Sources : Chelydros

Isidore of Seville [7th century CE] (Etymologies, Book 12, 3:): The chelydros is a snake that is also known as the chersydros, as if it were cerim, because it dwells both in the water and on land... These make the earth on which they move smoke... But it always proceeds in a straight line, for if it turns when it moves, it immediately makes a sharp noise. - [Barney, Lewis, et. al. translation]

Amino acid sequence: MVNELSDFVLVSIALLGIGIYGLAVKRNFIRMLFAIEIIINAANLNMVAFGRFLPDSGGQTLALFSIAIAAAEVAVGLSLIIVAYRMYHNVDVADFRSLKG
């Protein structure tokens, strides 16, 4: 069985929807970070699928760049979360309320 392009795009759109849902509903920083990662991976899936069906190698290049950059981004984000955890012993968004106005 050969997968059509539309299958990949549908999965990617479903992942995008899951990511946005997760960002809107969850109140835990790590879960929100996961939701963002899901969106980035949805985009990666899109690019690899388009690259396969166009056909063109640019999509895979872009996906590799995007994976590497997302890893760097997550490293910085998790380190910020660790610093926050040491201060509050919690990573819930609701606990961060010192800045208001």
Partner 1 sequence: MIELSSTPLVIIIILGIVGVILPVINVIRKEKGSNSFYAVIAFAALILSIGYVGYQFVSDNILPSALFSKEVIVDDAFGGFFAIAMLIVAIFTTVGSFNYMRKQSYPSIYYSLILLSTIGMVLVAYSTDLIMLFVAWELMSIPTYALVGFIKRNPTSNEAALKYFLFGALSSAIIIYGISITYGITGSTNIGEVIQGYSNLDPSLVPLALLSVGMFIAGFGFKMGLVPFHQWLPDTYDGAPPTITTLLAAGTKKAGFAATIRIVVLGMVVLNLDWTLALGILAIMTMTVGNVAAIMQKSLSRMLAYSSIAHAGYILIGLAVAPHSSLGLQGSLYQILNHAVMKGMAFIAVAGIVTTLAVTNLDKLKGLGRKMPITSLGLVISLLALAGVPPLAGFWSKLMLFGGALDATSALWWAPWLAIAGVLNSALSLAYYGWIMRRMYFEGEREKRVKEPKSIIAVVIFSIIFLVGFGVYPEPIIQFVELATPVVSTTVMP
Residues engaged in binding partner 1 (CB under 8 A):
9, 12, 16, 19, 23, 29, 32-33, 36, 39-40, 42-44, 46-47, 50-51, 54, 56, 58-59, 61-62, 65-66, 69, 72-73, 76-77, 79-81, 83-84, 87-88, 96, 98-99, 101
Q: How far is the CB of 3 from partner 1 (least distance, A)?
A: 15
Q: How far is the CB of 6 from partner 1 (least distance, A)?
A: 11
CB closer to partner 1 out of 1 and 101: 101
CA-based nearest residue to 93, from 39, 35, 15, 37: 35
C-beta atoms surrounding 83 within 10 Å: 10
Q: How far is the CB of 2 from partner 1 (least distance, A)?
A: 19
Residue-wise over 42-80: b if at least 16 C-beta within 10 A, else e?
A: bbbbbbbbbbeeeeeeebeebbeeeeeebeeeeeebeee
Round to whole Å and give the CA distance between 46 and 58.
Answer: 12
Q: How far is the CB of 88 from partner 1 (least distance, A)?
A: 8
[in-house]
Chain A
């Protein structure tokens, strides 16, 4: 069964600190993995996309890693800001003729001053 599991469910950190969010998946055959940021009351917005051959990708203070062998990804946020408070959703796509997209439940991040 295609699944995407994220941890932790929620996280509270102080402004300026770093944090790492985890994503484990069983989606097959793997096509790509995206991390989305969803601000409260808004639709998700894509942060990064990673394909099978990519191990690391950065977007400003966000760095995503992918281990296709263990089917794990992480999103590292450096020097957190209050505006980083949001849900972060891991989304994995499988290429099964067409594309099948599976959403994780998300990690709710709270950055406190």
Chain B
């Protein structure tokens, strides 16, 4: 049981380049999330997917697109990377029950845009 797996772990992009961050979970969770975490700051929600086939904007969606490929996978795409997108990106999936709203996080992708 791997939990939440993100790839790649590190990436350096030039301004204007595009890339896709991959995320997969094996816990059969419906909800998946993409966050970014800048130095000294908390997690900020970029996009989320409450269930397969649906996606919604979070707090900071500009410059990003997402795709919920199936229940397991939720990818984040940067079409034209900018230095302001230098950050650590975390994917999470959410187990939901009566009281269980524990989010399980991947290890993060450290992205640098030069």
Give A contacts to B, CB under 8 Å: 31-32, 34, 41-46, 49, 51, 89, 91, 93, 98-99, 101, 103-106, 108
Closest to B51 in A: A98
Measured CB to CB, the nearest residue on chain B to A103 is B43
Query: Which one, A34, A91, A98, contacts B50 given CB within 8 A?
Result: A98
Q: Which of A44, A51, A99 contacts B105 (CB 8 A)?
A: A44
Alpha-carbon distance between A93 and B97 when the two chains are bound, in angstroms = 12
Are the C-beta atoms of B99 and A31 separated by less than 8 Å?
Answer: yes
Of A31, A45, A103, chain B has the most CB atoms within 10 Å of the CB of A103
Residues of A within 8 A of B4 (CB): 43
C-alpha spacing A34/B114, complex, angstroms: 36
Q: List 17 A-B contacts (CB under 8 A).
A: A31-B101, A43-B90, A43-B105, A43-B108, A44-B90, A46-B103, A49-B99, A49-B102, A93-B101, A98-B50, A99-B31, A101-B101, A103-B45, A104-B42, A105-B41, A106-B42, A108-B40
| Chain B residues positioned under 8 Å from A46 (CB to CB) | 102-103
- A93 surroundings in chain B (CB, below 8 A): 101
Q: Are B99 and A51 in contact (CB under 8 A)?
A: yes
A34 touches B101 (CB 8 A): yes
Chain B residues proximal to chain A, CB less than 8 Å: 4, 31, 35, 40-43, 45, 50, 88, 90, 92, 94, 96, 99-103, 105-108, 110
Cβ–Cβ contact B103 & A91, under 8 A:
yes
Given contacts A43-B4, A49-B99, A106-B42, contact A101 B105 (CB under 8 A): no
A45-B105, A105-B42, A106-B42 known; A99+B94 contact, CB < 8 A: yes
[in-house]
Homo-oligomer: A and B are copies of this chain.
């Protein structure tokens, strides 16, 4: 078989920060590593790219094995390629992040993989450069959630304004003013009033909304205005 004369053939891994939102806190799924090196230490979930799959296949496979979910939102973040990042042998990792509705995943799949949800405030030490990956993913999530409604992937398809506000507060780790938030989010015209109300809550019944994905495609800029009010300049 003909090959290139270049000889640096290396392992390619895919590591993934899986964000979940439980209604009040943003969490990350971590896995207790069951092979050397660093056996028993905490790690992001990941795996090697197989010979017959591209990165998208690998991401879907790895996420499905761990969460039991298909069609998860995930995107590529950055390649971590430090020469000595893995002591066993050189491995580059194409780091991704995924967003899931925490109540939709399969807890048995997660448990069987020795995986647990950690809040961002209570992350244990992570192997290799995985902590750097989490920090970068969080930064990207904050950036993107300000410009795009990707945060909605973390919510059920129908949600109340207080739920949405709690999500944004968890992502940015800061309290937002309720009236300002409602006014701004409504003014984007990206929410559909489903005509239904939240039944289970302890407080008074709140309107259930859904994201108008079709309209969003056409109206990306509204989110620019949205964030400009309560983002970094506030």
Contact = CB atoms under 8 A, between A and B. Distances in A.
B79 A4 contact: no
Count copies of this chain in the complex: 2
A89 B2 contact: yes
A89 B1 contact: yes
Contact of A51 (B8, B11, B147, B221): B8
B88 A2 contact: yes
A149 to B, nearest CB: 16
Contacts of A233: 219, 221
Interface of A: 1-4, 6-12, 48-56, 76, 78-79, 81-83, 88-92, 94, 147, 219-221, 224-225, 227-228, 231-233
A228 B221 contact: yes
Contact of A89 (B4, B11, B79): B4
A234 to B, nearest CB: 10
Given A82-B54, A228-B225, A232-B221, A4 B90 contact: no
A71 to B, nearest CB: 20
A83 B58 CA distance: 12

Thomas of Cantimpré [circa 1200-1272 CE] (Liber de natura rerum, Serpents 8.12): Celidrus is a serpent, as Ysidorus says, which dwells in the waters and on the land. It has its name from the Greek: chiron is earth, and hydros is water. It causes the ground through which this serpent treads to smoke, whence Macer says: The smoking poison breathes out behind it, the earth smokes through which the snake slides. But it always walks in a straight line, for if it twists itself while moving it immediately makes a cracking sound. - [Badke translation/paraphrase]